Do You Have Leaky Gut? The Answer is Probably Yes.

Do You Have Leaky Gut? The Answer is Probably Yes.

By Kimberly Borghese, APRN, FNP-BC, IFMCP

A common problem of the gut that leads to many symptoms and health conditions is called intestinal permeability, or more commonly known as “leaky gut.”

Doctors have known for a long time that our gut and our health are connected. Hippocrates said all diseases start in the gut. The gut connects our outer world or environment with our inner world. Through chemical messages presented by the food and substances we ingest, our cells and DNA are given information about our environment that regulates metabolic and physiologic processes. In addition, what we ingest can directly damage our cells and DNA (or protect them). This is how food can be both a medicine and a poison and why it is so important that we put good things in our bodies.

Our gut does more than simply uptake nutrients and fluid, it also sends signals to our brain about energy balance, regulates hormones, and gets rid of toxins. Additionally, our gut provides immune tolerance to prevent allergies and defend against infection. It’s not just our bodies that are regulating these things, it is the interconnected workings of trillions of organisms in our gut working in symbiosis to bring us balance and health.

Our gut has been called our second brain as there are just as many nerve connections in the gut as in the as the brain. In addition, the gut is the center for the production of many neurotransmitters that affect our behavior and mood. The gut is also the center of most of our immune system.  Because so much of our health is centered in our gut, functional medicine practitioners find that the gut is almost always a good place to start when addressing a person’s medical conditions.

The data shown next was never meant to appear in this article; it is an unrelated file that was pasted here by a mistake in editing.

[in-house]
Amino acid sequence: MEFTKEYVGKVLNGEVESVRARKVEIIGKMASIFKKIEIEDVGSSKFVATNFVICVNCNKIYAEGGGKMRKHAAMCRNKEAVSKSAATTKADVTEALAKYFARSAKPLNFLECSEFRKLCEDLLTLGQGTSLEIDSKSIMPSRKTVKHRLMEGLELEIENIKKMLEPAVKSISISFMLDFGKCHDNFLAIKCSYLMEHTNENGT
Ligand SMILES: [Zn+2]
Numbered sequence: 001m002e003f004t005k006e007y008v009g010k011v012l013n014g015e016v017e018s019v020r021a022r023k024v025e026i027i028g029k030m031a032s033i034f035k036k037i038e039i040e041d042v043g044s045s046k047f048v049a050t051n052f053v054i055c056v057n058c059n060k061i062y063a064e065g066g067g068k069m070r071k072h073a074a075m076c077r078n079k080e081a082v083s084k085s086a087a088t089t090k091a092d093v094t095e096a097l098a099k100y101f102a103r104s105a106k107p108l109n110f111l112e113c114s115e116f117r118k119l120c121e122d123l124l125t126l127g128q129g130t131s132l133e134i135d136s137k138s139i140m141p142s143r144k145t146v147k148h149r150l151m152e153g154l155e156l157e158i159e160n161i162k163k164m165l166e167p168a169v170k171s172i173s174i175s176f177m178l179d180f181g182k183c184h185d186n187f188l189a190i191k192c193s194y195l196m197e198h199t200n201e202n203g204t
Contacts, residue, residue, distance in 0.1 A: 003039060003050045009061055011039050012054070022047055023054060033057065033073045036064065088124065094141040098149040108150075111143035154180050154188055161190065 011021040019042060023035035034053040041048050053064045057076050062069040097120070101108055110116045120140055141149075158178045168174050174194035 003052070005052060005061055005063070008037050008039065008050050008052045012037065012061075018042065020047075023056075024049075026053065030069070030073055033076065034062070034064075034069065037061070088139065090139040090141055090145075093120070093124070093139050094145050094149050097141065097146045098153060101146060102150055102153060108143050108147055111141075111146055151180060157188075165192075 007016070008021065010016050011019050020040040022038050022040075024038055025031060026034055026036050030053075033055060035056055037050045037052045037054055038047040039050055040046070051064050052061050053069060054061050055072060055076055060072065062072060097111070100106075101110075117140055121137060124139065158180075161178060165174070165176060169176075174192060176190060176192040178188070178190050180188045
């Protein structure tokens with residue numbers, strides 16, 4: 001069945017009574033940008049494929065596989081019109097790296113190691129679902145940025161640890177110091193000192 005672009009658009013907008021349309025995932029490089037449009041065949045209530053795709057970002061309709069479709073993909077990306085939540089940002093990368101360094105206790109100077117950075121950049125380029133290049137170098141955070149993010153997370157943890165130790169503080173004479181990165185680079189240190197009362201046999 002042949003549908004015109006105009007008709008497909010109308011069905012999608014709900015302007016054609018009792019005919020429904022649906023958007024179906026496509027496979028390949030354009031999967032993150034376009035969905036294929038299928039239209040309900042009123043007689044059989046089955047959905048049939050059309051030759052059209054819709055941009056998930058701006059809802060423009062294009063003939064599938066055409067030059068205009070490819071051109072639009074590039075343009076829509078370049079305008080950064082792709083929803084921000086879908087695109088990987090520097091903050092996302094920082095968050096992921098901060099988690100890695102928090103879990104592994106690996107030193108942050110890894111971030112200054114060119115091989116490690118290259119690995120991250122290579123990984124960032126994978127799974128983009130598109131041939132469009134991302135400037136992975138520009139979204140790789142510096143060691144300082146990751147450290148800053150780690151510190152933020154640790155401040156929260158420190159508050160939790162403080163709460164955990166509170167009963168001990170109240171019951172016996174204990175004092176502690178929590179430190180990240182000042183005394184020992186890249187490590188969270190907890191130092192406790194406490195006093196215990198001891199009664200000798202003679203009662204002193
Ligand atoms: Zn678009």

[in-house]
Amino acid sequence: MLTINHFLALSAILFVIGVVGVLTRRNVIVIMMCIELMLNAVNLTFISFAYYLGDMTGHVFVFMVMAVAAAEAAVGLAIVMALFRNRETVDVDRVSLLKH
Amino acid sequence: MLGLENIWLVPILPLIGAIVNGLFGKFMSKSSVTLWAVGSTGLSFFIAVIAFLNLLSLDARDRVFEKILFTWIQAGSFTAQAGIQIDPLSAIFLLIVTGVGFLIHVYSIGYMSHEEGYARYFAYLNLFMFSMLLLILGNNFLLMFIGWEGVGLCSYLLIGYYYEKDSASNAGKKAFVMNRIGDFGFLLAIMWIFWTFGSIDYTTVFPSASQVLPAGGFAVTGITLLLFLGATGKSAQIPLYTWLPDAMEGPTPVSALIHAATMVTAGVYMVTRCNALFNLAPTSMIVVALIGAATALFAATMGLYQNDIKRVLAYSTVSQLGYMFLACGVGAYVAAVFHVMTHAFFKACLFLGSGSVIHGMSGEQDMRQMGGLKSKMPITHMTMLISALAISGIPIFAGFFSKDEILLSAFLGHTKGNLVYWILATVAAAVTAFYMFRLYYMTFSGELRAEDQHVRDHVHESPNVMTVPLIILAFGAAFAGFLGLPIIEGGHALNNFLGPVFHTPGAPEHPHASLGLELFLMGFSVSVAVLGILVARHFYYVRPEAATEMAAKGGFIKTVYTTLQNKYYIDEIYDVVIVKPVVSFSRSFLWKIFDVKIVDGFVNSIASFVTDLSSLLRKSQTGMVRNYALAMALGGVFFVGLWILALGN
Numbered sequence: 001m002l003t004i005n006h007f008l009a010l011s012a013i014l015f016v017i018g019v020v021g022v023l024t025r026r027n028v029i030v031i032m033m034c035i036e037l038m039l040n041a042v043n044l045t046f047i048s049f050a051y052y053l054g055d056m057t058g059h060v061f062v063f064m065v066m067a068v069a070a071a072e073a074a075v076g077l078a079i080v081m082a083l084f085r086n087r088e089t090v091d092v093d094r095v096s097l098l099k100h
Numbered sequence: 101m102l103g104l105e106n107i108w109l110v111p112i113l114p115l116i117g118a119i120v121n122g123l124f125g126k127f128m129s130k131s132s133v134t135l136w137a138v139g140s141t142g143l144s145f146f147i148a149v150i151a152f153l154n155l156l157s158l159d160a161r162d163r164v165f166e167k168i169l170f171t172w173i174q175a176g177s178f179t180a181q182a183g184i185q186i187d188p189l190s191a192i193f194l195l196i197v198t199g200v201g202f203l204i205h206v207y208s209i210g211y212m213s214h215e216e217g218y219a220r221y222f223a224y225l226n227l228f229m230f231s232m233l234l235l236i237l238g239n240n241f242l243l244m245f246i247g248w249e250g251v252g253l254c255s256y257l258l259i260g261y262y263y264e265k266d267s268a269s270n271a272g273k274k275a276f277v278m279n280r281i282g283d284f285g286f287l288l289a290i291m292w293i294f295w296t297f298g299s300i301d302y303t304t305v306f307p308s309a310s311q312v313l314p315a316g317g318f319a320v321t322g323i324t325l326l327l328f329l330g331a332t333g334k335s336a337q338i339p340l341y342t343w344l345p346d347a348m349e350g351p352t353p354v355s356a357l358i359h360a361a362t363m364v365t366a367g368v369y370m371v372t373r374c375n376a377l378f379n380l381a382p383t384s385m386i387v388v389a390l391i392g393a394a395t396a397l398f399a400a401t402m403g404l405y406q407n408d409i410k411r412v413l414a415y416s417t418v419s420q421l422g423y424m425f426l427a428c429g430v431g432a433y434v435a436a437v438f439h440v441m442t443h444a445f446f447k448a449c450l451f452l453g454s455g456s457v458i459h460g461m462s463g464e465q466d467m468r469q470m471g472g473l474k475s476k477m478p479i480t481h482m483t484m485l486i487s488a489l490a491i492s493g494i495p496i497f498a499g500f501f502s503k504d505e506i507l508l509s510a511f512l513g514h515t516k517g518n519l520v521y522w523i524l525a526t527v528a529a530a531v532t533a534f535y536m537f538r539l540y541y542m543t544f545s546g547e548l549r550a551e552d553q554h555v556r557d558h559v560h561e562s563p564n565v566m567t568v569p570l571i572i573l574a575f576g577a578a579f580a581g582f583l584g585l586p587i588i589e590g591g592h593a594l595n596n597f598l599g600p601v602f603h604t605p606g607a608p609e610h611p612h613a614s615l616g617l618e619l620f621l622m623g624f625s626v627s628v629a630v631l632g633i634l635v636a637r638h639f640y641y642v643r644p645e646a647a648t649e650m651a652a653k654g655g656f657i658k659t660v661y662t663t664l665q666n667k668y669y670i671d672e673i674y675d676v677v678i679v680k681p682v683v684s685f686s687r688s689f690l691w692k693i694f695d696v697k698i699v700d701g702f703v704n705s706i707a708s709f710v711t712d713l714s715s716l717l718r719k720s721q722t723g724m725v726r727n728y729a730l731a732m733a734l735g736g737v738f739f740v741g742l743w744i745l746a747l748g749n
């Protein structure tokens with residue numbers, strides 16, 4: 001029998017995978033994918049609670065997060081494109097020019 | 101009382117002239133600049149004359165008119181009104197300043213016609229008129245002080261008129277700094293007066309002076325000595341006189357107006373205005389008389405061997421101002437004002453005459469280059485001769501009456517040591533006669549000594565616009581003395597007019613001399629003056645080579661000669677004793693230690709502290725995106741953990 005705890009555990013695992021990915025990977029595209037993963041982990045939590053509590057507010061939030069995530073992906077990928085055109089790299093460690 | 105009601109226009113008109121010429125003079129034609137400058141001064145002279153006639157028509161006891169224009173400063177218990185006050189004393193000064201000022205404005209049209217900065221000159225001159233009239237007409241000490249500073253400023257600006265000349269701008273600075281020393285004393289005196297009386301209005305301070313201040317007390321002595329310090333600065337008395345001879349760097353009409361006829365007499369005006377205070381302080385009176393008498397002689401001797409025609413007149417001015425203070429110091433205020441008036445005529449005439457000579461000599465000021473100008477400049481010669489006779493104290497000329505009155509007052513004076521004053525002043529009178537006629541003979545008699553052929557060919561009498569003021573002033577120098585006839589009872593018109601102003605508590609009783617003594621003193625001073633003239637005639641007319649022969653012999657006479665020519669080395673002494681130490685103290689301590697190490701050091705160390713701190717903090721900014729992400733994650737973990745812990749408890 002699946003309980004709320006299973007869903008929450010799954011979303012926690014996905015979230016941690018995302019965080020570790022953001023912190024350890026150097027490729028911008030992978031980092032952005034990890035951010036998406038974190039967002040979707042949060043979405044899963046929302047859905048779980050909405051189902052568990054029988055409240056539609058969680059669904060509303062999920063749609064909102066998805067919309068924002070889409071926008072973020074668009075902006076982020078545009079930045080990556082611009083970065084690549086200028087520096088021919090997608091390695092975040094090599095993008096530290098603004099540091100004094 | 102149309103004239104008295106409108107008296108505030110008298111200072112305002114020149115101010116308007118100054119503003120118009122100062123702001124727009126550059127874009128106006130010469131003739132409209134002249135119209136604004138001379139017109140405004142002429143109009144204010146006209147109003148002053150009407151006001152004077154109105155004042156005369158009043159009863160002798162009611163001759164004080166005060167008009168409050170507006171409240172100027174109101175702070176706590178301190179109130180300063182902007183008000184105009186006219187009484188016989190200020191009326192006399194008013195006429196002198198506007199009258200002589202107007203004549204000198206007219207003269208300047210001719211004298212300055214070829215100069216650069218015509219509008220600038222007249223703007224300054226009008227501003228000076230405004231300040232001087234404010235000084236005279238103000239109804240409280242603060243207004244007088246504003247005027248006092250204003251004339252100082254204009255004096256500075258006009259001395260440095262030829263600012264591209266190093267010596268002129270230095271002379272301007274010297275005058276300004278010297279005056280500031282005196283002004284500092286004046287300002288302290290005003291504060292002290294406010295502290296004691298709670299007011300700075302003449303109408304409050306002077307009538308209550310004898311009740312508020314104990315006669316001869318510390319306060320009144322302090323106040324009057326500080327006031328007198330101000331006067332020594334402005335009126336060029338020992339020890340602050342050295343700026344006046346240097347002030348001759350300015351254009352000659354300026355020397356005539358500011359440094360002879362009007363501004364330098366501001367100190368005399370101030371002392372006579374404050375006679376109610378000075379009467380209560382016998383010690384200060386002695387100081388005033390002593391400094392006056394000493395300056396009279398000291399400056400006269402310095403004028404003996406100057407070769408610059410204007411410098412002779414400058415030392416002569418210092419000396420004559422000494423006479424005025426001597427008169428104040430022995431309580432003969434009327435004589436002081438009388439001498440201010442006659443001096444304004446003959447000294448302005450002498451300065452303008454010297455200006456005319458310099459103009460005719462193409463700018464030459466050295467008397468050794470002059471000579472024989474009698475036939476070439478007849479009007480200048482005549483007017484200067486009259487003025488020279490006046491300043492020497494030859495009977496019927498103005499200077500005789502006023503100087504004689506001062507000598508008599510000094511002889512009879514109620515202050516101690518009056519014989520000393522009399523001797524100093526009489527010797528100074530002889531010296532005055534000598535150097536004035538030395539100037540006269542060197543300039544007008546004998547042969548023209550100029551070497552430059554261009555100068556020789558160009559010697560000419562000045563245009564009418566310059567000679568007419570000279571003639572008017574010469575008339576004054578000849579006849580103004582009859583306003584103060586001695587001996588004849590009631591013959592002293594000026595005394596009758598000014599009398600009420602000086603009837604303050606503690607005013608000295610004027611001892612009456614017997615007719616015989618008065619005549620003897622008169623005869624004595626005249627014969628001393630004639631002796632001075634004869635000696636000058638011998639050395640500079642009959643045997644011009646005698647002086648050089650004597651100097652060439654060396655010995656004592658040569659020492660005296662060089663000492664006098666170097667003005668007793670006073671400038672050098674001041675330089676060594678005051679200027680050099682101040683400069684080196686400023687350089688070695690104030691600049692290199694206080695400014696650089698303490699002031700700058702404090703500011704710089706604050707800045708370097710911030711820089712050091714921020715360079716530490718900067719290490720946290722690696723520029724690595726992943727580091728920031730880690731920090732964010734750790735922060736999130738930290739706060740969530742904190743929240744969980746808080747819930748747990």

What is Leaky Gut?

Everyone is talking about it, and for good reason. Thanks to our modern lifestyle, poor food quality, and toxic and stressful environments, nearly everyone has it to some degree. It is often the genesis of many conditions people develop. Even though we see many people with leaky gut suffering from intestinal symptoms and conditions there are many conditions that stem from the gut that often do not have symptoms in the gastrointestinal system.

In a healthy gut, the cells that form the barrier have healthy villi and tight junctions between the cells. Irritating or inflammatory substances, foods, organisms can damage these cells and junctions, poking tiny holes through the barrier and allowing things that should not be seen by the blood stream and immune system to pass through. This activates the immune system that sits in defense at the gut lining to protect you from any offense.Leaky Gut Explained

Why is a healthy guy it important?

When the immune system is constantly being activated it can become dysfunctional and not turn off when it’s supposed to causing chronic inflammation and immune imbalance. In those who have a genetic predisposition toward immune dysregulation, an environmental trigger can cause increased intestinal permeability that leads to autoimmune disease. When our immune systems are activated, they send inflammatory chemical messages that activate immune responses in areas that are often distant from the source. For example, when you are sick with a cold or flu, you ache all over and your brain is tired and foggy. This is because those immune chemicals are felt everywhere. When we have leaky gut, we also have leaky brain and leaky blood vessels. Because of this, leaky gut is associated with inflammation in the cardiovascular system that leads to high blood pressure and atherosclerosis and to inflammation in the brain that can lead to problems with cognition.

Without a properly functioning intestinal lining we are not able to absorb nutrients. As you can imagine, this leads to a number of problems and can cause of vicious cycle of degeneration.